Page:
'Love, Janis" the very revealing and intimate biography about Janis Joplin, written by her younger sister Laura Joplin, was for a time the seminal book on the trail-blazing '60's rocker who electrified audiences with her stunning vocals and flamboyant style.
By the time her life was cut tragically short by a heroin overdose at the age of 27, Joplin had already become a rock 'n' roll legend.
In her sister's telling, and through the eyes of her family and closest friends, we are introduced to Janis Joplin already rebelling against injustice and racism as a young girl. We follow her trajectory from the barrooms of Port Arthur, Texas, to the Beat hangouts of Venice and North Beach, California, where she came into her own in the psychedelic, acid-soaked world of Haight Ashbury, after her extraordinary performance at the Monterey Pop Festival in 1967, where she forever branded herself the badass Queen of Rock 'n' Roll.
At the pinnacle of her fame, Joplin's life was a whirlwind of public adoration and hard living - Southern Comfort and heroin. In "Love, Janis" Laura Joplin introduces us not only to the public Janice who could drink Jim Morrison under the table, but also to the very private young woman who struggled with addiction and alcoholism while searching for the balance between love and stardom.
Written by one of the most highly regarded chroniclers of American music history, and based on unprecedented access to Janis Joplin's family, friends, bandmates, archives and long-lost interviews, "Janis: Her Life and Music," by Holly George Warren, firmly establishes Joplin as the rule-breaking musical maverick and complicated, gender-bending rebel she was.
Joplin's first transgressive act was as a white girl who gained an early understanding of the blues, once only heard on obscure records and in roadhouses along the Texas and Louisiana Gulf Coast. A sensitive, bright, and creative child, by the time she reached high school she had embraced the writings of the Beats and had already formed her racially progressive views. These views along with her bisexuality and outspokenness drew ire from all quarters.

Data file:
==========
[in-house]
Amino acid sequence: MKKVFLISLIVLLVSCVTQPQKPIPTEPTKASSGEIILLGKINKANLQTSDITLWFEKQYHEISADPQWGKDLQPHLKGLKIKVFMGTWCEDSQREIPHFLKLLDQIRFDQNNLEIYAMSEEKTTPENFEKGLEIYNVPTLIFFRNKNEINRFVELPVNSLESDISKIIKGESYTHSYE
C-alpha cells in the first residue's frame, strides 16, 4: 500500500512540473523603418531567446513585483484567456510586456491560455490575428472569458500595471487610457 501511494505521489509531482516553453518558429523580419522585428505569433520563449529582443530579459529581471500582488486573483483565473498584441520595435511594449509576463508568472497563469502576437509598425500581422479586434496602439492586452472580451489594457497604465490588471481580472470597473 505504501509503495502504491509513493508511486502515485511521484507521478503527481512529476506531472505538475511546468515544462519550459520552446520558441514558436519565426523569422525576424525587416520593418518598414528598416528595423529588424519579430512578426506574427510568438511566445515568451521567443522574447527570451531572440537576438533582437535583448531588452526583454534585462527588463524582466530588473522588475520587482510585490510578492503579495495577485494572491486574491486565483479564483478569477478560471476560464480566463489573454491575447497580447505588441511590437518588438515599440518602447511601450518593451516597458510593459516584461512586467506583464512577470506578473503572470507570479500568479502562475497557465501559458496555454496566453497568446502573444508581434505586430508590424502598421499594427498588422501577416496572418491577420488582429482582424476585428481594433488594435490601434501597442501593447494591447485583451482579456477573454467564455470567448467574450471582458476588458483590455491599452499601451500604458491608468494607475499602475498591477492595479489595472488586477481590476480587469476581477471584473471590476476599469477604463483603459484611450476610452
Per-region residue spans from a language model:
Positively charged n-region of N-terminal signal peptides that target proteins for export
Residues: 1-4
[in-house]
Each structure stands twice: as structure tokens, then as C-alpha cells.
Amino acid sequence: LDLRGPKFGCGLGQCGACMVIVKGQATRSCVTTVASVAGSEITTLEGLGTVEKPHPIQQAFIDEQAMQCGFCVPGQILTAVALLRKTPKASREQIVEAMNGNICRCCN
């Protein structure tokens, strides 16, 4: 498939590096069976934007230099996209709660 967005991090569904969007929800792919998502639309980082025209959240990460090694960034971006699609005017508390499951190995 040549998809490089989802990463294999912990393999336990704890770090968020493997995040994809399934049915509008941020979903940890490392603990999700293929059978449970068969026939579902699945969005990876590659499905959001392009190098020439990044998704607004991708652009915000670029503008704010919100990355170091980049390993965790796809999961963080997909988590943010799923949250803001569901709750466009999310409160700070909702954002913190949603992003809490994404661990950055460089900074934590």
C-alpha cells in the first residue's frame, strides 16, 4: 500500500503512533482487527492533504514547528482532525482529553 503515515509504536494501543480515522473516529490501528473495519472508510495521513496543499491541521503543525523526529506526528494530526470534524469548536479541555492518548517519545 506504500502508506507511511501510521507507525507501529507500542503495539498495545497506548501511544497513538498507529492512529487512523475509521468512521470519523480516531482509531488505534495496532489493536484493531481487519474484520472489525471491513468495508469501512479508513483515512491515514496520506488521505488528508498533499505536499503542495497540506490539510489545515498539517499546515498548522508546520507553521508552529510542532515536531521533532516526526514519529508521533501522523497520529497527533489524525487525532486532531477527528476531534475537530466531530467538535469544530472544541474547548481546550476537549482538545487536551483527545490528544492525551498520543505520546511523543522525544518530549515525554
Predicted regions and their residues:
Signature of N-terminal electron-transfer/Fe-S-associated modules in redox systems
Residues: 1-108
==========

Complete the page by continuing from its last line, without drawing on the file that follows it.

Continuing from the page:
Following a long struggle with substance abuse, Joplin died from a heroin overdose on Oct. 4, 1970, in Hollywood, while recording a new record. Completed by Joplin's producer Paul Rothchild (whom George-Warren writes "was in love with Janis"), "Pearl" (Joplin's alter ego and stage name), was released in 1971 and quickly became a hit. The single "Me and Bobby McGee," written by Kris Kristofferson, a former lover of Joplin's, reached the top of the charts.
Despite her untimely death, Joplin's songs continue to attract new fans and inspire myriad performers. Numerous collections of her songs have been released over the years, and in recognition of her significant accomplishments, Joplin was posthumously inducted into the Rock and Roll Hall of Fame in 1995 and honored with a Recording Academy Lifetime Achievement Award at the Grammy Awards in 2005.
Dubbed the "first lady of rock 'n' roll," Joplin has been the subject of several books and documentaries. This book, "Janis: Her Life and Music" is a little less compelling to those of us who know how the story is going to end, but Holly George-Warren infuses the tale with humanity and understanding to reveal Joplin's multi-faceted personality and extraordinary talent, that makes it a book well worth adding to a library of Rock tomes.
Joplin's reputation as a brash, impassioned and sexually tormented soul, doomed by the pain that produced one of the most extraordinary voices in rock history, is challenged in these pages by George-Warren's insight and scholarly research. Instead, we are reminded that although Joplin only recorded four albums in an impossibly short, four-year career, her legacy as one of rock's most talented and influential vocalists, remains secure all these years after her death.